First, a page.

The Science of Divine Light
By Lee and Steven Hager
Few things are mentioned in connection with the Divine as often as love and light. Since we can express love ourselves, we understand and appreciate it more readily. But like love, the deeper meaning of light can also expand our understanding of the Divine, the universe and our own true nature. Light has been given many meanings in spiritual teachings, but recent scientific research has added a richer perspective to ancient wisdom.
Religions and cultures through the ages have used the contrast between light and darkness as symbols for good and evil. For example, the Bible at John 3:20-21 reads, “For everyone who does evil hates the light…But he who does what is true comes to the light.” Unfortunately this dualistic symbolism has often kept us at the surface of our understanding of Divine light. The Byzantine mystic, Saint Symeon, revealed a more fundamental meaning when he described the Divine as, “A light infinite and incomprehensible…one single light…simple, timeless, eternal…the source of life.” In this case, light is not symbolic but literal, as Saint Symeon tells us that the very being of the Divine is light.
In early Christian gnostic writings, the ‘being’ of the Divine is also described as a literal ‘life-giving perfect light.’ The Secret Book of John reads, “The One is the immeasurable light. . .Not that the One possesses this. Rather, the One gives immeasurable and incomprehensible light.” These words also reflect the sentiments of the Katha Upanishad written about 1500 years before Jesus, “There shines not the sun, neither moon nor star, nor flash of lightening, nor fire lit on earth. The One is the light reflected by all.” Rumi also affirmed that the Divine is light, but went on to explain that this light also permeates and sustains everything in existence when he said, “One matter, one energy, one Light, one light-mind, endlessly emanating all things.”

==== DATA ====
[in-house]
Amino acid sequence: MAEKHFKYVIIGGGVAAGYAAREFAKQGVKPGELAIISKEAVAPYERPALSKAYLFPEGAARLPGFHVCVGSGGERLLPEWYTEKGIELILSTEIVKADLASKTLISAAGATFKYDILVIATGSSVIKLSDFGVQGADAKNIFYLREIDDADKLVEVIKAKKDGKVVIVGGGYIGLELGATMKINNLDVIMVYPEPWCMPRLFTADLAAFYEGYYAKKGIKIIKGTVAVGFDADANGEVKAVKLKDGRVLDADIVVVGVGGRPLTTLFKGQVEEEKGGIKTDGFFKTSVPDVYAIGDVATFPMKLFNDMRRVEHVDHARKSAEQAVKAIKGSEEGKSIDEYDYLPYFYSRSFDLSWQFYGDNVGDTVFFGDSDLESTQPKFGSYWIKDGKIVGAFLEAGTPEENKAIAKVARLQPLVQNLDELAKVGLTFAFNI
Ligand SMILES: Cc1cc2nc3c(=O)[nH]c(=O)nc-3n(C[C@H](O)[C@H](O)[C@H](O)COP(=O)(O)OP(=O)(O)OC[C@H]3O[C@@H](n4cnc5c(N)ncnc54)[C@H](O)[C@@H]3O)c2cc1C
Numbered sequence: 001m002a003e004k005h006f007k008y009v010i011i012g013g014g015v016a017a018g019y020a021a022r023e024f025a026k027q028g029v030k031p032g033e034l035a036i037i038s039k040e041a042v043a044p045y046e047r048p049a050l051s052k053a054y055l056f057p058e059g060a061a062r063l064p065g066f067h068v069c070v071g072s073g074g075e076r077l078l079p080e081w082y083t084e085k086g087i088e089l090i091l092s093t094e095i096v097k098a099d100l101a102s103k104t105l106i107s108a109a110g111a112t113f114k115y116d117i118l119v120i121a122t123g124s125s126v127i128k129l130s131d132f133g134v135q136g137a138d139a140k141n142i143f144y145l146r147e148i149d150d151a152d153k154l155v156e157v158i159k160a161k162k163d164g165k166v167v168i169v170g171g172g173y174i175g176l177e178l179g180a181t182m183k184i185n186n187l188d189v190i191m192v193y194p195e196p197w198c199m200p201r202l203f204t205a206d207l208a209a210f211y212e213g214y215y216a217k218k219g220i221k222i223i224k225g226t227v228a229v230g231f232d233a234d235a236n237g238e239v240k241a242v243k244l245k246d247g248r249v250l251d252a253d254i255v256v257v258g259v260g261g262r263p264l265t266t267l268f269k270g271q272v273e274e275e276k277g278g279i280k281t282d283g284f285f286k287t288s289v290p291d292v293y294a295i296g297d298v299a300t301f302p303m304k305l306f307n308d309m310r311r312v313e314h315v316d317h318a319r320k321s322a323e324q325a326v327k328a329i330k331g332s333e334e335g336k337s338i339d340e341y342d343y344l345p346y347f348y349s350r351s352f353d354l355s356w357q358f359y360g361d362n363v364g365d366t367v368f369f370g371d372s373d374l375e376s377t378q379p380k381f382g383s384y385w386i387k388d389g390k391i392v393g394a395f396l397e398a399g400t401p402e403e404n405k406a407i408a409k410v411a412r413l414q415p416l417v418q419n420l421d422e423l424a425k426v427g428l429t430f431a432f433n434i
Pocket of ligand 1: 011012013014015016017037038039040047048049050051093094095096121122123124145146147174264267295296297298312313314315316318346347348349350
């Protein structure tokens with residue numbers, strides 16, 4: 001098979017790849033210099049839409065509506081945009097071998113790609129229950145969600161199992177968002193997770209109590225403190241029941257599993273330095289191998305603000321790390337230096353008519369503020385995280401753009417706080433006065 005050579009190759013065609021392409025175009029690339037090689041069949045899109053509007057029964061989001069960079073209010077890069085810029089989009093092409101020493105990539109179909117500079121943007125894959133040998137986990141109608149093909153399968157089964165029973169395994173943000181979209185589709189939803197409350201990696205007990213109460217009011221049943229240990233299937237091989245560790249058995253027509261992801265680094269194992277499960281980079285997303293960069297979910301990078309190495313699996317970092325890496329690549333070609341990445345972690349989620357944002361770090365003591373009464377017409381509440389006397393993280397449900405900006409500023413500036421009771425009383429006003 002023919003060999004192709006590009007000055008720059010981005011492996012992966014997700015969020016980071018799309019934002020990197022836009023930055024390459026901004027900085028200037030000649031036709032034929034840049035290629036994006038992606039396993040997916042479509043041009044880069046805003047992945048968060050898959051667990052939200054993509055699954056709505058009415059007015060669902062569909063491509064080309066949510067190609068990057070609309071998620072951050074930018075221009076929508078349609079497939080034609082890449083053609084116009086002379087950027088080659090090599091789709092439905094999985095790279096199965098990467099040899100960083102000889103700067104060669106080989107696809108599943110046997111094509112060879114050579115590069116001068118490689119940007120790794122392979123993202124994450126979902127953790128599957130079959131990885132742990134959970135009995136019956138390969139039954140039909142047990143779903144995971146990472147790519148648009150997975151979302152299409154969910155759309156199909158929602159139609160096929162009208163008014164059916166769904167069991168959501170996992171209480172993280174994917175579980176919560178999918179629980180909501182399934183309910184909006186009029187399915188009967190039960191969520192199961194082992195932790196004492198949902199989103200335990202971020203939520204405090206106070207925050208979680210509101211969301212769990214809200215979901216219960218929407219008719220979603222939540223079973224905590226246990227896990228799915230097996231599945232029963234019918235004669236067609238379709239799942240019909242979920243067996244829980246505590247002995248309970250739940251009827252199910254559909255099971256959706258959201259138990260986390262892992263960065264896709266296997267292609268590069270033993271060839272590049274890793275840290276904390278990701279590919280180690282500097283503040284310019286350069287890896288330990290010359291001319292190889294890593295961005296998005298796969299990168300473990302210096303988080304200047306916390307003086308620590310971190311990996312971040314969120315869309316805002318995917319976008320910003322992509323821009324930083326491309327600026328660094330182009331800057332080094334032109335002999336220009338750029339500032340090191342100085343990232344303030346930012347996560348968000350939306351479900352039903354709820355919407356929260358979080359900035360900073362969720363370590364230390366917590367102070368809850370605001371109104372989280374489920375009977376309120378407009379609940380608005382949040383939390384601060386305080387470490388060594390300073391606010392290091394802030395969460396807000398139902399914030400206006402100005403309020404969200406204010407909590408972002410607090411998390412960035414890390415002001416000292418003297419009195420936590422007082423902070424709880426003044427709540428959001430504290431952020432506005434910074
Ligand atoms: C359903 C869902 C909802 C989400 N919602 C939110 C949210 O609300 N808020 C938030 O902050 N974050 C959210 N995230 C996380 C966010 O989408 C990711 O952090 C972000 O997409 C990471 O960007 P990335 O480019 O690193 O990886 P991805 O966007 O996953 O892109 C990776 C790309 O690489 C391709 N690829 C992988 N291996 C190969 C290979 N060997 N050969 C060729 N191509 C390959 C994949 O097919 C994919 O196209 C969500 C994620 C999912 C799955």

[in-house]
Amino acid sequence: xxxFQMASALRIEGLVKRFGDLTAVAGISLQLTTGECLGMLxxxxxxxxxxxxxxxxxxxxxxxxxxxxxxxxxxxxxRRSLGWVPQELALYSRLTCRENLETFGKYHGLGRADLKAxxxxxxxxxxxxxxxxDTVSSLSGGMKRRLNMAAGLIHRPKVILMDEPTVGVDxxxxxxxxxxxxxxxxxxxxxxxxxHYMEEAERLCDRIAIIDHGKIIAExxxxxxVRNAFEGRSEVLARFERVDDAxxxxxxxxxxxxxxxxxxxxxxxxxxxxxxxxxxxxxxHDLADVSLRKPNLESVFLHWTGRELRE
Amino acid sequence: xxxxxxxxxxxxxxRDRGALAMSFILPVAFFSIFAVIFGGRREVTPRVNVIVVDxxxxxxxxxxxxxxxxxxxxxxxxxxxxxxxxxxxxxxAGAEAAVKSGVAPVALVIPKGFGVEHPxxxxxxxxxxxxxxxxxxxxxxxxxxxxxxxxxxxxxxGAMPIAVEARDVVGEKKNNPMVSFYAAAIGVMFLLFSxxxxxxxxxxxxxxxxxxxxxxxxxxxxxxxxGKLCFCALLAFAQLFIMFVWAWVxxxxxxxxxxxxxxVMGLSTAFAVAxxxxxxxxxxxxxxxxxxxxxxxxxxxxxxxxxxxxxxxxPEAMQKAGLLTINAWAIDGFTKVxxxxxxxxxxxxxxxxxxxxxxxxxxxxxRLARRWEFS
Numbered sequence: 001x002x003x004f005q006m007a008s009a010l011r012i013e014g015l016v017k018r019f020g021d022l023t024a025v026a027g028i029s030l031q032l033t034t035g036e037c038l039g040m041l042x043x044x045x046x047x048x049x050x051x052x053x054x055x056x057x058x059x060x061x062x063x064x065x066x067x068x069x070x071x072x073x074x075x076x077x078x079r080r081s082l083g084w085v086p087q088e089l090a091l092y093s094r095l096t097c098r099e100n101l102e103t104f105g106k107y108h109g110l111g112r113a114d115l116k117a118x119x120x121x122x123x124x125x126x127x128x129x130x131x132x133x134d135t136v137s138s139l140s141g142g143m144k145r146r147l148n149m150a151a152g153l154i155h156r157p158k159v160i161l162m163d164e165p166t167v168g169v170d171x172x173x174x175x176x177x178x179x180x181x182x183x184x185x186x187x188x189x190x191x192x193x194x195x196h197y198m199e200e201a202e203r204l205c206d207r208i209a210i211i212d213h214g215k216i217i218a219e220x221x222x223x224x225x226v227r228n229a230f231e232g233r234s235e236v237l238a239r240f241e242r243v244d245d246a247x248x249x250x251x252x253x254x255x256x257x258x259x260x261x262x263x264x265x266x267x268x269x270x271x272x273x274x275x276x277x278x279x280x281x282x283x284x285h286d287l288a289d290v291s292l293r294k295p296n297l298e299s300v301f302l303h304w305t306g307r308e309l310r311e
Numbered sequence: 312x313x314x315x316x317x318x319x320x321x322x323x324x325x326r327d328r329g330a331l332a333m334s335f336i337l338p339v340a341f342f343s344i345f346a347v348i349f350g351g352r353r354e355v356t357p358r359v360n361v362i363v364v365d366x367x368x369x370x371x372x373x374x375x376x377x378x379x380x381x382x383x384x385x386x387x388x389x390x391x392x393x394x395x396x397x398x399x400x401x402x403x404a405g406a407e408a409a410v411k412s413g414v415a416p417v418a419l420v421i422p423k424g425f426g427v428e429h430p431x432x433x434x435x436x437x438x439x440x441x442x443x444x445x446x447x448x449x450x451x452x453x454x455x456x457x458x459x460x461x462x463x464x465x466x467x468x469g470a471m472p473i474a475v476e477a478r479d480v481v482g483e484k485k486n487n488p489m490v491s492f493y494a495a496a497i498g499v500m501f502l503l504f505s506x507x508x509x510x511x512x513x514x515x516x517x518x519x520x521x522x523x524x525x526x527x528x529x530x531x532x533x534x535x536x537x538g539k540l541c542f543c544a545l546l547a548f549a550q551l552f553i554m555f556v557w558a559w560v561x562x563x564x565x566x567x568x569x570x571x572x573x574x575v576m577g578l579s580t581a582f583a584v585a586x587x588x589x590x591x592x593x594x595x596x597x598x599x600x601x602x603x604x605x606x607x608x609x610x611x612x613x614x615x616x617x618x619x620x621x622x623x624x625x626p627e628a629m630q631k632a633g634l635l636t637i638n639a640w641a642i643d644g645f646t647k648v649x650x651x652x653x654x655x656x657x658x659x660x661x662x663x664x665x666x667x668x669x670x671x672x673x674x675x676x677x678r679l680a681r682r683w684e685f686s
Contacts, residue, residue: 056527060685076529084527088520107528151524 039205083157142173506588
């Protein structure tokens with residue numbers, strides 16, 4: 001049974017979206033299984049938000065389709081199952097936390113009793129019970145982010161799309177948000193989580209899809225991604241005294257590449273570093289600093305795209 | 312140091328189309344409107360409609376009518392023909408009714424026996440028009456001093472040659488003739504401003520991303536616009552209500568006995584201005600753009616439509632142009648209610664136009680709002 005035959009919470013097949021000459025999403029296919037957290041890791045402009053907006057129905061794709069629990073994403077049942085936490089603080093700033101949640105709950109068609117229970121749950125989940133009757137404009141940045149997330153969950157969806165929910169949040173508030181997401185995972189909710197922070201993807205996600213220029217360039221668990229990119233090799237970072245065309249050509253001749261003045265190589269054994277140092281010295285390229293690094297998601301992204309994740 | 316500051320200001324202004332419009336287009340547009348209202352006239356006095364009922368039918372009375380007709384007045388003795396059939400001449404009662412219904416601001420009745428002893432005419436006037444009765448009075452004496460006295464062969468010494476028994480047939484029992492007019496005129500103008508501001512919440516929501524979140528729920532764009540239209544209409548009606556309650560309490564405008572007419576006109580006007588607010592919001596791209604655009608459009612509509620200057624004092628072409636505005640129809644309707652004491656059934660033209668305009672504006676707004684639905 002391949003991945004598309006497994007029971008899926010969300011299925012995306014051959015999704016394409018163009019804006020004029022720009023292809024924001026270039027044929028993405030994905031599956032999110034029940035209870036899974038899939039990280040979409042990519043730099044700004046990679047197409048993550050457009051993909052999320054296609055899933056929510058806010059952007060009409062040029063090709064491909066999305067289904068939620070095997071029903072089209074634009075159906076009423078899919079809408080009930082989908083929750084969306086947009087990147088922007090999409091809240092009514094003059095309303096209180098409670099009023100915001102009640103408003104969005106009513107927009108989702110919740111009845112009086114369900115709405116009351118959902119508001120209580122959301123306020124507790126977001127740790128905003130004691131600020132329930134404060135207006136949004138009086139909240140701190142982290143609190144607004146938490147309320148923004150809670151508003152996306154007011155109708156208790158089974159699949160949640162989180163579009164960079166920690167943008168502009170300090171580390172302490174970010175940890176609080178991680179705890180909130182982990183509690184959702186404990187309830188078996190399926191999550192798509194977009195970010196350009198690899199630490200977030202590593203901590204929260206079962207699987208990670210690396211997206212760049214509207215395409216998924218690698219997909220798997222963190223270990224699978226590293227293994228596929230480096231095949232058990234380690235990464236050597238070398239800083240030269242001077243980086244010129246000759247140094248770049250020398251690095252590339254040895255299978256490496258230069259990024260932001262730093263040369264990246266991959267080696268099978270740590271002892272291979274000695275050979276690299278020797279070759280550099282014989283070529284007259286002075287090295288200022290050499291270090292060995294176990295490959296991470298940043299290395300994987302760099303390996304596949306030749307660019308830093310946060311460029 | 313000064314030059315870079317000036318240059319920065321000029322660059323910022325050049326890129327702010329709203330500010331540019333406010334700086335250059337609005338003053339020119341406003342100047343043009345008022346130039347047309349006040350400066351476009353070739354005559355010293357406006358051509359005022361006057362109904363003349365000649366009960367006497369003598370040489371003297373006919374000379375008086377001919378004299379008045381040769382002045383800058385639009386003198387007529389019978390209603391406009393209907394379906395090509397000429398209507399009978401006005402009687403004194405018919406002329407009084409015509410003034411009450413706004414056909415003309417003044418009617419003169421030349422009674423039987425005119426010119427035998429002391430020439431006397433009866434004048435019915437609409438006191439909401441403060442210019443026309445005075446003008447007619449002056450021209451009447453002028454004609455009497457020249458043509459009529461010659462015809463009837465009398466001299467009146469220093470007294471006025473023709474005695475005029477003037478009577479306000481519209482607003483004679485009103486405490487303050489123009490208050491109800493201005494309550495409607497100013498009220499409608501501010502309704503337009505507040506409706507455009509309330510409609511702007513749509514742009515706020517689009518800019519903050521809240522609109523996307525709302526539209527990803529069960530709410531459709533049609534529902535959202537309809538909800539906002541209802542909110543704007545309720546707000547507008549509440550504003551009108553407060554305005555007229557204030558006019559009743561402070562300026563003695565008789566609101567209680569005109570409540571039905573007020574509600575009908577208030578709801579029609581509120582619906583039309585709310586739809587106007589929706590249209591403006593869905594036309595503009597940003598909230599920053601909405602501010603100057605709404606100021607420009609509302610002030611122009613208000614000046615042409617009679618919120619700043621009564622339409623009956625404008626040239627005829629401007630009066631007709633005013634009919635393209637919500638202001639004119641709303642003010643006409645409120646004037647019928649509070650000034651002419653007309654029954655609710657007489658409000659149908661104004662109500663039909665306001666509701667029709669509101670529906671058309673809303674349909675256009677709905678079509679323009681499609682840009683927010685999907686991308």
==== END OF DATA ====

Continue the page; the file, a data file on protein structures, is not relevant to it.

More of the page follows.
When we consider light in material terms, we might think about the energy released from sun and stars that illuminate our world or the speed of light used as a measure to help define the parameters of space/time. However, the sages were referring to another light; quantum light that serves as a universal foundation or matrix. Scientists once believed that a vacuum or emptiness surrounded matter. As they attempted to prove their theories, they discovered the ‘emptiness’ was actually a sea of quantum light energy so powerful, a single cubic meter is capable of boiling all the oceans of the world!